Thursday, January 30, 2014

Conscience and Truth

Do not quench the Spirit!

Something from John Paul II.

In their desire to emphasize the "creative" character of conscience, certain authors no longer call its actions "judgments" but "decisions" : only by making these decisions "autonomously" would man be able to attain moral maturity. Some even hold that this process of maturing is inhibited by the excessively categorical position adopted by the Church's Magisterium in many moral questions; for them, the Church's interventions are the cause of unnecessary conflicts of conscience.

56. In order to justify these positions, some authors have proposed a kind of double status of moral truth. Beyond the doctrinal and abstract level, one would have to acknowledge the priority of a certain more concrete existential consideration. The latter, by taking account of circumstances and the situation, could legitimately be the basis of certain exceptions to the general rule and thus permit one to do in practice and in good conscience what is qualified as intrinsically evil by the moral law. A separation, or even an opposition, is thus established in some cases between the teaching of the precept, which is valid in general, and the norm of the individual conscience, which would in fact make the final decision about what is good and what is evil. On this basis, an attempt is made to legitimize so-called "pastoral" solutions contrary to the teaching of the Magisterium, and to justify a "creative" hermeneutic according to which the moral conscience is in no way obliged, in every case, by a particular negative precept.

No one can fail to realize that these approaches pose a challenge to the very identity of the moral conscience in relation to human freedom and God's law.


Christians have a great help for the formation of conscience in the Church and her Magisterium.As the Council affirms: "In forming their consciences the Christian faithful must give careful attention to the sacred and certain teaching of the Church. For the Catholic Church is by the will of Christ the teacher of truth. Her charge is to announce and teach authentically that truth which is Christ, and at the same time with her authority to declare and confirm the principles of the moral order which derive from human nature itself ".111 It follows that the authority of the Church, when she pronounces on moral questions, in no way undermines the freedom of conscience of Christians. This is so not only because freedom of conscience is never freedom "from" the truth but always and only freedom "in" the truth, but also because the Magisterium does not bring to the Christian conscience truths which are extraneous to it; rather it brings to light the truths which it ought already to possess, developing them from the starting point of the primordial act of faith. The Church puts herself always and only at the service of conscience, helping it to avoid being tossed to and fro by every wind of doctrine proposed by human deceit (cf. Eph 4:14), and helping it not to swerve from the truth about the good of man, but rather, especially in more difficult questions, to attain the truth with certainty and to abide in it. - Veritatis splendor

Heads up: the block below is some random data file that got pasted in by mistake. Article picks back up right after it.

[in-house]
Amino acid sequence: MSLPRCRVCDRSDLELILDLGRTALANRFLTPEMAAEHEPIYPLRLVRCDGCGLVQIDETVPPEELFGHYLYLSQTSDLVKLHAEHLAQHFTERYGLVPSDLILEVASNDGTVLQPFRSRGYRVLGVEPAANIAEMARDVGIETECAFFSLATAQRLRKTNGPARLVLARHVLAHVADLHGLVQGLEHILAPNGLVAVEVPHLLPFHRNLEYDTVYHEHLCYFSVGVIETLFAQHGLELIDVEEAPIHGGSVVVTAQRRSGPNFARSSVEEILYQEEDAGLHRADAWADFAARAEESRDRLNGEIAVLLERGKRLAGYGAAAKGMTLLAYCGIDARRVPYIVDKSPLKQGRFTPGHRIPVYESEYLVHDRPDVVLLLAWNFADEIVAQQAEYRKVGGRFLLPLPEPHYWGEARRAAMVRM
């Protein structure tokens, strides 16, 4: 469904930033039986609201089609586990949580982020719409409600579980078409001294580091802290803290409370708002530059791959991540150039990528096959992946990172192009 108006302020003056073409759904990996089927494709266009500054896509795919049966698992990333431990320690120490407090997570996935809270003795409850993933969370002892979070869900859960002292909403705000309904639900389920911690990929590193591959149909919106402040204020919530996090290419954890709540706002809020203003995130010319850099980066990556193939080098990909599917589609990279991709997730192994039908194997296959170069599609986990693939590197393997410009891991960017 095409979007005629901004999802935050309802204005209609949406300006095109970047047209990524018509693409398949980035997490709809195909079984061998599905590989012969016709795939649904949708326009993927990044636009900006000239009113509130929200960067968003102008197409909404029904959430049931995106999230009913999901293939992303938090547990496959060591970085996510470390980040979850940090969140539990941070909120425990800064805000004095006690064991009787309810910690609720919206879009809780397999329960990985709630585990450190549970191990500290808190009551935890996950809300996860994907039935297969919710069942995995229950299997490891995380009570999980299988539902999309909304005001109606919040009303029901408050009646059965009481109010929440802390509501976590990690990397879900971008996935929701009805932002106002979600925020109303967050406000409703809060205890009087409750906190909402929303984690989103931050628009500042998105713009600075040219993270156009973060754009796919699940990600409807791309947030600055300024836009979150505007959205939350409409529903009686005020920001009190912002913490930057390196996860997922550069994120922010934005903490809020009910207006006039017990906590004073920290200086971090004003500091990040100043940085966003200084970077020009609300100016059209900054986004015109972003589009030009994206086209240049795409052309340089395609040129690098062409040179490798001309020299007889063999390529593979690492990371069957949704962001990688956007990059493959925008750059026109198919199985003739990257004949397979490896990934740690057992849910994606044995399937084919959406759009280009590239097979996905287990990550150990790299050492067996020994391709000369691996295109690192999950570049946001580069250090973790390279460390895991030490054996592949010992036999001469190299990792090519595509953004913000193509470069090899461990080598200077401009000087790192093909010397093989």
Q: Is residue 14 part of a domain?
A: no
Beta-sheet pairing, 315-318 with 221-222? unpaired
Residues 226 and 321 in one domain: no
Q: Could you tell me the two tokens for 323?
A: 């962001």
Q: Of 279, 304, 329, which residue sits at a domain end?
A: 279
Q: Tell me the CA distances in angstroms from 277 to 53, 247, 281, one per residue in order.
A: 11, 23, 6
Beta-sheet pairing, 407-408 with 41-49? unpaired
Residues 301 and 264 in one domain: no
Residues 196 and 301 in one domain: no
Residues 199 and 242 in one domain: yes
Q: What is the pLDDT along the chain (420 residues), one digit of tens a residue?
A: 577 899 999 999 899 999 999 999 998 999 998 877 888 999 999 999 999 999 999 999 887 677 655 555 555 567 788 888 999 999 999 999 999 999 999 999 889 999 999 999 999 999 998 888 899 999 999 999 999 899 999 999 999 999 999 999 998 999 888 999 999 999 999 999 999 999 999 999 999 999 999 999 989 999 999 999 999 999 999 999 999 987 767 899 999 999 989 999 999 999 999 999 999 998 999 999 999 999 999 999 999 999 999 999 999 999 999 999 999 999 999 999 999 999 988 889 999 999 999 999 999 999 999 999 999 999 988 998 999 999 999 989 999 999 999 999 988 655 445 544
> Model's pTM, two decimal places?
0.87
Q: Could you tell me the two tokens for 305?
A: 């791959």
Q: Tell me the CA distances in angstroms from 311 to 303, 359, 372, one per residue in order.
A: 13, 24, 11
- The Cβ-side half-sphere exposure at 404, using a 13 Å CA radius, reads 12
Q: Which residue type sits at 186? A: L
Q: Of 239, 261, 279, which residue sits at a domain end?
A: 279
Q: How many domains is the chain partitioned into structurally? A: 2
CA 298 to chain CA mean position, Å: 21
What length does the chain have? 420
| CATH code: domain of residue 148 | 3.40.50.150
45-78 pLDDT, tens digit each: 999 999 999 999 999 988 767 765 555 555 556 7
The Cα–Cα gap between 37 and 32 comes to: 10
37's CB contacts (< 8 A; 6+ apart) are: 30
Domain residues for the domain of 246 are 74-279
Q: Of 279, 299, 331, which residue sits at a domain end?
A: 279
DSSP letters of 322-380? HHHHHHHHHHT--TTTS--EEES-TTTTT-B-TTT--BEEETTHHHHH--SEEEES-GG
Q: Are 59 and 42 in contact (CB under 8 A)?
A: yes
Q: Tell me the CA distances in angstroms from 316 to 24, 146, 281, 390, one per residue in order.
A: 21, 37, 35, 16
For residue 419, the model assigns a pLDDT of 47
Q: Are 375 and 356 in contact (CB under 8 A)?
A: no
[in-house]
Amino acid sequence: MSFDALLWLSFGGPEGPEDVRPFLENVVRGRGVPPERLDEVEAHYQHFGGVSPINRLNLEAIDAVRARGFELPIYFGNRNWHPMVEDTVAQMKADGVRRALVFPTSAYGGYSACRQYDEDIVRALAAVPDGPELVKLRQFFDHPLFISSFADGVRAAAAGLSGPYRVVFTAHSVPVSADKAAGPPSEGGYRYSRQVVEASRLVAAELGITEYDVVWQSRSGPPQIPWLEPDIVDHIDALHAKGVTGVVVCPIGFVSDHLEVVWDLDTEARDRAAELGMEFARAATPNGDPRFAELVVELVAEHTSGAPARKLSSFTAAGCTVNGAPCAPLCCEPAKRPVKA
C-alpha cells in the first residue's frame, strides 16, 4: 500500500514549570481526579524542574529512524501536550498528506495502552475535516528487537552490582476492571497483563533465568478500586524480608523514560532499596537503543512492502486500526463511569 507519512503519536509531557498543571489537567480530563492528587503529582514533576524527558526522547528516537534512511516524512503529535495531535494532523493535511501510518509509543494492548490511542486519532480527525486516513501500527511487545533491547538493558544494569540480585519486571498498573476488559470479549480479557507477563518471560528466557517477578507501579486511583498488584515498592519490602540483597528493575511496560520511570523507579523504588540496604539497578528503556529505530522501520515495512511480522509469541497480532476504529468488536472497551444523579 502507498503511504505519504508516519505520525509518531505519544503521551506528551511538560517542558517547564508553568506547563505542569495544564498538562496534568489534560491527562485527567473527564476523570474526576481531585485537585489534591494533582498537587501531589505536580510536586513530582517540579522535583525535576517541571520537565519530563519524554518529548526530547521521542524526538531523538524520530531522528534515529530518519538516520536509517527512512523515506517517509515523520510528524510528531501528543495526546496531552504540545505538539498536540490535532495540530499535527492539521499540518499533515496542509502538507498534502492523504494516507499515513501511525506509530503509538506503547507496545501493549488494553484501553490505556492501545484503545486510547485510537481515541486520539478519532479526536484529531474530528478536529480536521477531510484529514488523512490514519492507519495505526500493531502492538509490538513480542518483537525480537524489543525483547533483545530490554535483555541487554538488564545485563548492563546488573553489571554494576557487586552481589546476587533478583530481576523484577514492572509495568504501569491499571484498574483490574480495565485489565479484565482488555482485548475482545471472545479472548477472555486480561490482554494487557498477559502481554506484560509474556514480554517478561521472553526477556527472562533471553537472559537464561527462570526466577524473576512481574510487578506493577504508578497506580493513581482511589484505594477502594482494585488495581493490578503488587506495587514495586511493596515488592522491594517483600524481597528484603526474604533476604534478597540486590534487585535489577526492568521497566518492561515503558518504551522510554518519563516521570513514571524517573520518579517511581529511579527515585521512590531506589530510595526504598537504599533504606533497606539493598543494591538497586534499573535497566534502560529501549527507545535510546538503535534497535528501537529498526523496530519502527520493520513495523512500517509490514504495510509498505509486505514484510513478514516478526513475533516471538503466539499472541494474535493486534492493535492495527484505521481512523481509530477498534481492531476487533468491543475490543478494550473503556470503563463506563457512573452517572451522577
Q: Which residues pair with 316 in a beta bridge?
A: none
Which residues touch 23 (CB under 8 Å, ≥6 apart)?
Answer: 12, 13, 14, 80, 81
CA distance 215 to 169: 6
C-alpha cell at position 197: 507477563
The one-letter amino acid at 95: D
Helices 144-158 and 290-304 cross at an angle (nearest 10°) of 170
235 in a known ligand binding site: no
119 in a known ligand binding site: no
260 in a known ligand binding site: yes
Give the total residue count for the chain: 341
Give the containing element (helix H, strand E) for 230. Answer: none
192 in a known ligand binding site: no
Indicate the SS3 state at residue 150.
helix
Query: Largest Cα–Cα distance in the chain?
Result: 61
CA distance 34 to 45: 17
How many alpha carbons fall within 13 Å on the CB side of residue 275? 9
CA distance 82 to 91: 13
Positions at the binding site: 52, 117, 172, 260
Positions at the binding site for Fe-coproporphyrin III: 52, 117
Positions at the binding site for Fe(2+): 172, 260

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Veritatis splendor is always in my sidebar.  In the absence of Pope Francis speaking less ex cathedra and talking more ex cuff on Catholic moral teaching, perhaps it is a good idea to re-examine the Magisterial teaching contained in the encyclicals of Bl. John Paul II, as a moral compass in these days of confusion.  It could also be a wonderful way to prepare for the canonization.


  1. Off topic...
    the wide measure doesn’t make for easy reading.
    Images also appear lonesome. :(
    I liked the look before the revamp. :)

    1. Sorry - I have no idea what happened to the old format - I had to redo - it is google goblins I think. I'm really planning on closing shop sometimes this year.

  2. I don't think its the spacing and margins that make it difficult to read, but the material itself.

    Another interesting post Terry..I think its very interesting to talk about conscience and interpretation. I think this argument is a very florid way of saying, "You have your own personal conscience until we tell you to do otherwise," and never answers the question..."What if the Church says something that deep down in your heart and mind, after thinking and praying about it, you just don't disagree, (out of convenience) but feel is wrong.

    I also have to say that this is another example of how the Church's teachings and reasonings need to come into the middle for most normal Joe and Josephine Catholic. Its either the Baltimore Catechism (this is right and this is wrong and don't ask any questions or you will never be confirmed and you will be forever a shame on your parents,") to this kind of writing that again, you would have to be an academic or theologian to understand much less be interested in reading it to the bitter end (or I guess you need some of that" book learnin' "stuff!)


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